United colours of discrimination

United colours of discrimination

Khin Mg Myint, Kevin Halim, Nasreen Habib and Dena Rachman share experiences of discrimination at the regional seminar and workshop held for journalists in Bali from March 18-20. (Photo courtesy: the Journalists Association for Diversity, Sejuk)

Rohingya, Transgender, Assamese Bengali Muslim share stories as persecuted minorities

Morung Express News
Bali (Indonesia) | March 31


It is genocide. Khin Mg Myint of the Harmony Working Group, Myanmar (Burma), shows no sign of doubt while speaking about the persecution that the Rohingya people from the Rakhine state of Myanmar have been undergoing for decades now.


“More than one million Rohingya have been forcibly deported to Bangladesh,” said Myint, sharing experiences of “systematic oppression” of the Rohingya people in Myanmar at a regional seminar and workshop for journalists held here in March on the Nexus Between Freedom of Religion or Belief and Freedom of Express in Southeast Asia.


“After forcing us to flee, the Burmese security forces bulldozed our homes in an attempt to remove all signs of our existence,” informed the Rohingya activist.


Not only has the Aung San Suu Kyi-led government denied the alleged “genocide” in Rakhine state, “90 percent of the Myanmar media acted against the Rohingya, taking the military’s side,” maintained Myint. With big economic interests in Myanmar’s resources, western nations have kept mum, as has the international community.


The Association of Southeast Asian Nations (ASEAN) has been “complicit in war crimes and crimes against humanity of the Rohingya,” alleged Myint, by staying away from the issue, even attempting to “whitewash” it due to similar economic interests in Myanmar.

Gender expression
With no policies for legal gender recognition in Indonesia, “scars often become our identity.” Kevin Halim, Deputy for Trans Program, GWL-INA, was referring to the violence that transgender people in Indonesia face as a result of discrimination, news reportage of stereotypical images and lack of government policies that recognize and affirm gender expression.


“The media is not interested to report on transgender people if we display non-stereotypical behavior,” revealed Halim. Reportage on the community often hinges on “vague generalizations of sadistic love” and other such prejudices. According to activist Dena Rachman, transgender people are not even allowed to follow a religion as they are seen to be “not following the rules.”


Halim called for policies that allow self-determination of gender identity as well as affirmation of gender (through surgeries, for instance, in the case of transwomen) so that they are protected against stigma and discrimination.
Legal gender recognition, she asserted, will help transpeople gain access to basic rights available to cisgender people, like going to school or traveling freely.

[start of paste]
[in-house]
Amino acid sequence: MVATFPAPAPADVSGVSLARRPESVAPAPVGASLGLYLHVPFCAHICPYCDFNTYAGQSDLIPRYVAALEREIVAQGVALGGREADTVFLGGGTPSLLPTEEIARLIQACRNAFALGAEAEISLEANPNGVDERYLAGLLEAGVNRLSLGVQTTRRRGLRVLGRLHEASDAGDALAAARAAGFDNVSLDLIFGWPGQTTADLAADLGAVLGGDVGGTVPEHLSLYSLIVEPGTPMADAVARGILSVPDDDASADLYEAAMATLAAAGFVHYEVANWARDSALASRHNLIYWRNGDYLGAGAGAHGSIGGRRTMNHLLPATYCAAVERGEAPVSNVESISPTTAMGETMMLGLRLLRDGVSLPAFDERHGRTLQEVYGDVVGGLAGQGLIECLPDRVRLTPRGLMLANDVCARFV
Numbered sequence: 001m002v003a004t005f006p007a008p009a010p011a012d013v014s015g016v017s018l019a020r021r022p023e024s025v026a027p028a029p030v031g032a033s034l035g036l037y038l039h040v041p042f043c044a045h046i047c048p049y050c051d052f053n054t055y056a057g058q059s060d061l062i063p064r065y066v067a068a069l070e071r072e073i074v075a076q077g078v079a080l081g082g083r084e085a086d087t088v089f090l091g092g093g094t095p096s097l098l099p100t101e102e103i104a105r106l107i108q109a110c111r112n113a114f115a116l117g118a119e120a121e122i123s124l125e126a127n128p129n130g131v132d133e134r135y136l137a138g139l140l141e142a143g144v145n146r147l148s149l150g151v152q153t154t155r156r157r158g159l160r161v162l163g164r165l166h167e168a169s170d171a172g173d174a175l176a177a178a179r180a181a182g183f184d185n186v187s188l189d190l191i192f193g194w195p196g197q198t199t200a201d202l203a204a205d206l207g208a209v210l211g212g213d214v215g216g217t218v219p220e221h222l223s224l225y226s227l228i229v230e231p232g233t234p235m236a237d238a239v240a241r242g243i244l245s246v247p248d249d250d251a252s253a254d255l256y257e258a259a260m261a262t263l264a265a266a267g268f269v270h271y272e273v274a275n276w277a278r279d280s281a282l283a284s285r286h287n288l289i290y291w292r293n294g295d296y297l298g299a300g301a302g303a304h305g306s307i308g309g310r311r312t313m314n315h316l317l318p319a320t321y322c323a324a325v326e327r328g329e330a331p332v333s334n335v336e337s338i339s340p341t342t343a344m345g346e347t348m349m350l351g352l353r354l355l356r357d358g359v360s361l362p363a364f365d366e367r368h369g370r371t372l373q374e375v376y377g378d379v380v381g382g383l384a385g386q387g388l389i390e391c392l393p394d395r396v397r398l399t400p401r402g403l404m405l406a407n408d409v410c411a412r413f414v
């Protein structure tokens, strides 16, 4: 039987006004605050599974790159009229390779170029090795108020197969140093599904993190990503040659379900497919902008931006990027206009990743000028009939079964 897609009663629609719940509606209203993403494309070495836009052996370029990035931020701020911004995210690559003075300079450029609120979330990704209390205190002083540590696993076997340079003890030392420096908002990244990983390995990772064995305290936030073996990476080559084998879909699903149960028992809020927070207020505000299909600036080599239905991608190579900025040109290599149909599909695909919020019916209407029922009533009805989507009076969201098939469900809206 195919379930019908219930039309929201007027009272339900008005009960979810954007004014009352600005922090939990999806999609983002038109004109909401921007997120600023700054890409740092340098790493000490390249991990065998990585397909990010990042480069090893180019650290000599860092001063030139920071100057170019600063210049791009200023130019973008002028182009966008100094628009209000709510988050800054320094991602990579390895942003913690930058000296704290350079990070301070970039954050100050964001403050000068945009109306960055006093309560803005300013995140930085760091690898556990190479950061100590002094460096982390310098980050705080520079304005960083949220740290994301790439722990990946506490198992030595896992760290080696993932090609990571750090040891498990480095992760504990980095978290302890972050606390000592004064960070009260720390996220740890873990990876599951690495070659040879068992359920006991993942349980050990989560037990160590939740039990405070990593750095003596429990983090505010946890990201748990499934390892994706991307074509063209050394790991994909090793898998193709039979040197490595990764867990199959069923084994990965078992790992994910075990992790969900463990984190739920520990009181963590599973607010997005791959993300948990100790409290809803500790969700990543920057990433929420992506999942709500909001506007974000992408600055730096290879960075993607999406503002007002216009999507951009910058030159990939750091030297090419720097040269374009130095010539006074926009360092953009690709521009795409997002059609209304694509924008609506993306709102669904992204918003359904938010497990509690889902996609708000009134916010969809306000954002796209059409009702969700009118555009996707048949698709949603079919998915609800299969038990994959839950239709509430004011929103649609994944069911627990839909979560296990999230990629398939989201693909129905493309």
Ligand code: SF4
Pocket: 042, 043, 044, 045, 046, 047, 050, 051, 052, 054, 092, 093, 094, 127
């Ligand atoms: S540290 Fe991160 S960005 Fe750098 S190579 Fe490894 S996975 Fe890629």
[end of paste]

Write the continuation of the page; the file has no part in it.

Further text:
Plight of those left out
In an attempt to update the National Register of Citizens (NRC) in Assam, 4 million people – more than half of them women and children – have been disenfranchised by the state. Inundated by the process, 21 people have already committed suicide with many poor people running helter-skelter trying to prove their ancestors lived in Assam before March 31, 1971. Those “suspected” of being “illegal Bangladeshis” are being crowned Doutbful or D voters (even before the NRC process began); with no repatriation treaty with Bangladesh, India is likely to force these people to spend the rest of their lives in a detention centre.


Nasreen Habib, Sub Editor of the Assam Tribune, explained the haphazard NRC process and how the Assamese Bengali Muslim people are facing the worst brunt of the discrimination it furthers, a discrimination that has run like a current through Assam for decades now. By pitting the Citizenship (Amendment) Bill, 2006 as a parallel force, the government attempted to save the Bengali Hindus from the disenfranchisement the NRC would invariably create for them.


The media in Assam often became a tool for majoritarian assertion depending on which part of the State it operated in.

Educate people
The media has a role to educate people, asserted Kevin Halim, while listing what it could do right to avoid further violence against the discriminated.
Report the good news about marginalized minorities, suggested Dena Rachman. And, “get strong public opinion behind you, whether locally, nationally or internationally,” recommended Endy Bayuni, Senior Editor of the Jakarta Post.


People are more than their gender or religious identity. This humanity needs to be accorded to all groups of people.


In Assam, Bengali-origin Muslim poets are taking a different route; they are turning “Miya” – a slur for illegal immigrant – on its head. Here is a poem by Shalim:
See me catch a plane, get a Visa, catch a bullet train
Catch a bullet
Catch your drift
Catch a rocket
Wear a lungi to space
And there where no one can hear you scream,
Thunder
I am Miya
I am proud